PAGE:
Ebola Vaccine Breakthrough Hailed


An experimental vaccine is showing 100% effectiveness against the Ebola virus, according to results of a trial in Guinea published in The Lancet.

An experimental Merck vaccine is showing 100% effectiveness against the Ebola virus, according to results of a trial in Guinea published in The Lancet on Dec. 22.

The vaccine was tested on people in West Africa from March 23, 2015 through Jan. 20, 2016, and has not been approved by the US Food and Drug Administration or any other agency, but is considered so effective than an emergency stockpile of 300,000 doses has already been created should there be another outbreak, the New York Times reported.

According to The Lancet study, the vaccine, called rVSV-ZEBOV (Merck Sharp & Dohme) is a recombinant replication competent vesicular stomatitis virus-based vaccine that expresses a surface glycoprotein of the Zaire strain of Ebola virus.

That is only one of five known Ebola strains, but it is among the most common. There are also some side effects, such as joint pain, and concerns that the protection may not last a long time, the Times said.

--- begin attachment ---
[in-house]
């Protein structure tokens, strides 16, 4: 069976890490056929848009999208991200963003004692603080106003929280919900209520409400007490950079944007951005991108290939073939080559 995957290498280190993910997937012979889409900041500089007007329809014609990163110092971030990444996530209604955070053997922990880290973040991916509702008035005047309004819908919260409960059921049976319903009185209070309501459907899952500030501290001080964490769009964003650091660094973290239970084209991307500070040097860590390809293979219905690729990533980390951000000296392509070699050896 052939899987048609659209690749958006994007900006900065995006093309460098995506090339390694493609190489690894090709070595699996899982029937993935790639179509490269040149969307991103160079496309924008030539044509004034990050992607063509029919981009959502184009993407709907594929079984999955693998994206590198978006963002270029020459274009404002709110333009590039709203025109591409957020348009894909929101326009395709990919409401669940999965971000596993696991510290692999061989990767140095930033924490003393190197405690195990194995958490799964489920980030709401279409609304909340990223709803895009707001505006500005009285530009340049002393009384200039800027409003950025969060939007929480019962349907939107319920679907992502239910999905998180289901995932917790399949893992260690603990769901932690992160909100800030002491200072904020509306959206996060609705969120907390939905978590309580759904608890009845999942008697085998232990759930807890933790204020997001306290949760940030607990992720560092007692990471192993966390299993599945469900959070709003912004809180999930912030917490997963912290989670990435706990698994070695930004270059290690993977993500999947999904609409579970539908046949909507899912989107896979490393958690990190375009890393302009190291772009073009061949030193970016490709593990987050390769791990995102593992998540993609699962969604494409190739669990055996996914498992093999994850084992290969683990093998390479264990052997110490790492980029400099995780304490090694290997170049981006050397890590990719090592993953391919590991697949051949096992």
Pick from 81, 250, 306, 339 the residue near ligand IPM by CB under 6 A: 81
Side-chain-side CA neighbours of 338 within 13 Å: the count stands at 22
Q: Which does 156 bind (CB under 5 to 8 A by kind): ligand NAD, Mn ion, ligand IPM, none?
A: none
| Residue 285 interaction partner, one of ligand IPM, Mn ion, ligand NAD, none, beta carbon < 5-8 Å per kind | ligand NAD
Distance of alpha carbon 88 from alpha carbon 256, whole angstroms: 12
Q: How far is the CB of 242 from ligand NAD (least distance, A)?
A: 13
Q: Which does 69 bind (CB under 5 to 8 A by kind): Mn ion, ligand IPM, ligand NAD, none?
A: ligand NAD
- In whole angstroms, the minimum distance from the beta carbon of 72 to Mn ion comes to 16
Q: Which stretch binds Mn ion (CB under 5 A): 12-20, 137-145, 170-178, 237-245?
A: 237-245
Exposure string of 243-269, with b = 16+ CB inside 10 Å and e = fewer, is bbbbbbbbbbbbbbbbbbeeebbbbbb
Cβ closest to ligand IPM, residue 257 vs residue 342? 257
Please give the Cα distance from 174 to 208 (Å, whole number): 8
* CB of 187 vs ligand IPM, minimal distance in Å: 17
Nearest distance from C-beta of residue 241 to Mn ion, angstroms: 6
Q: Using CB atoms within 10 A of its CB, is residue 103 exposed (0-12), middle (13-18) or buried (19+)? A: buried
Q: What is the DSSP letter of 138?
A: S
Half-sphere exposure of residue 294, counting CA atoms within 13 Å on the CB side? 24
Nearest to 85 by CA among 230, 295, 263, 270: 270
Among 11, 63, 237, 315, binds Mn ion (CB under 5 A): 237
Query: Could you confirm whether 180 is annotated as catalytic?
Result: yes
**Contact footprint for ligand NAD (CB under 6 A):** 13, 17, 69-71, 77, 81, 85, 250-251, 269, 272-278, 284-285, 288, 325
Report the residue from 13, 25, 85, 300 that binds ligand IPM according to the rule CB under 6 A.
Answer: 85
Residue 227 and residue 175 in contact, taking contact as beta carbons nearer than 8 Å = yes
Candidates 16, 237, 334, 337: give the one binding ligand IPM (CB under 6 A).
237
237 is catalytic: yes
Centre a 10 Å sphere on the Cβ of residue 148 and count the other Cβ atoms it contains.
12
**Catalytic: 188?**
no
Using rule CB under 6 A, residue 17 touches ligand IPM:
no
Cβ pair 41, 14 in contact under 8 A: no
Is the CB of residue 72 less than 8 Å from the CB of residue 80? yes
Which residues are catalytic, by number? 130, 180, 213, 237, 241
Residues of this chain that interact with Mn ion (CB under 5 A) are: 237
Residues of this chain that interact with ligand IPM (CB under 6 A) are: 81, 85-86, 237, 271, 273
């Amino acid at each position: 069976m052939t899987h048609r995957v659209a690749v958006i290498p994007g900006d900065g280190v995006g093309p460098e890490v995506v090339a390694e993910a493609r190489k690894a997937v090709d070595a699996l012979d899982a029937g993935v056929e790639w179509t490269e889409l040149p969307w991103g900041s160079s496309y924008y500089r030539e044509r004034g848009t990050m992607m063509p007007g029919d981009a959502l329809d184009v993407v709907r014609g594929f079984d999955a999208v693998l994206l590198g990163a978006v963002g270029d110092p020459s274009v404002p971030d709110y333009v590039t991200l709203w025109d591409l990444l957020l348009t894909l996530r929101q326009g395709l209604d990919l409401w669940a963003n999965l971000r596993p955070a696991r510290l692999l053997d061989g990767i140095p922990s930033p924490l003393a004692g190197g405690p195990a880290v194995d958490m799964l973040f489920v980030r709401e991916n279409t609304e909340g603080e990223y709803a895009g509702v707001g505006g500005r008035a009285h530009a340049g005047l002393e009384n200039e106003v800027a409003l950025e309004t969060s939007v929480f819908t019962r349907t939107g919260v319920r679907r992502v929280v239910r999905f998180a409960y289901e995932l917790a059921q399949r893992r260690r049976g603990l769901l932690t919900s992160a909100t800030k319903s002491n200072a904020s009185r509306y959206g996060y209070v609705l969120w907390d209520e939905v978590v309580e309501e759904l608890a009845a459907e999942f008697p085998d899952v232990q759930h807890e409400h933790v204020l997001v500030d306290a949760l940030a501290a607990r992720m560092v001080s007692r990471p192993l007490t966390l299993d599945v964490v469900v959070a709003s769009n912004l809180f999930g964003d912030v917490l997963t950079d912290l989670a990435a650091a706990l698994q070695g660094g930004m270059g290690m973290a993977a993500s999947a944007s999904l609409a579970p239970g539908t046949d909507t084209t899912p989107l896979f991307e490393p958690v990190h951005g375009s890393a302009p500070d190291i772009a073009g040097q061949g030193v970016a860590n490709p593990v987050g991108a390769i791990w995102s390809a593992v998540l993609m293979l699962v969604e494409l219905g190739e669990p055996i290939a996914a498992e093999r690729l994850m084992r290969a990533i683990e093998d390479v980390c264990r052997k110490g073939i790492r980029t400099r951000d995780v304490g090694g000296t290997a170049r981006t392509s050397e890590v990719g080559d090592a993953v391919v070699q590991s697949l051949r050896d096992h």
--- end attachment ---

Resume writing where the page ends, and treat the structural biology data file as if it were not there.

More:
In July Merck announced that it had received a "breakthrough therapy" designation for the vaccine candidate from the FDA and its European equivalent agency the EMA.

The trial was called Ebola Ça Suffit!

It was tested in Guineas and Sierra Leone.

It was given in a single intramuscular dose administered in the deltoid muscle. The researchers vaccinated known contacts of people with newly diagnosed Ebola infection. Some were vaccinated immediately, some not for 21 days.

In all, there were 2,151 people vaccinated.

"No cases of Ebola virus disease occurred 10 days or more after randomisation," the researchers wrote.

The article is by Ana Maria Henao-Restrepo, MD, and colleagues. It is entitled "Efficacy and effectiveness of an rVSV-vectored vaccine in preventing Ebola virus disease: final results from the Guinea ring vaccination, open-label, cluster randomised trial (Ebola, Ca Suffit!).”

Other companies, including GlaxoSmithKline also have vaccines in development, and at the National Institute for Allergy and Infectious Disease, director Anthony Fauci told reporters it is still necessary to keep developing more vaccines with broader coverage.

Funding was provided by the WHO, UK Wellcome Trust, Médecins Sans Frontières, Norwegian Ministry of Foreign Affairs (through the Research Council of Norway's GLOBVAC programme), and the Canadian Government (through the Public Health Agency of Canada, Canadian Institutes of Health Research, International Development Research Centre and Department of Foreign Affairs, Trade and Development).

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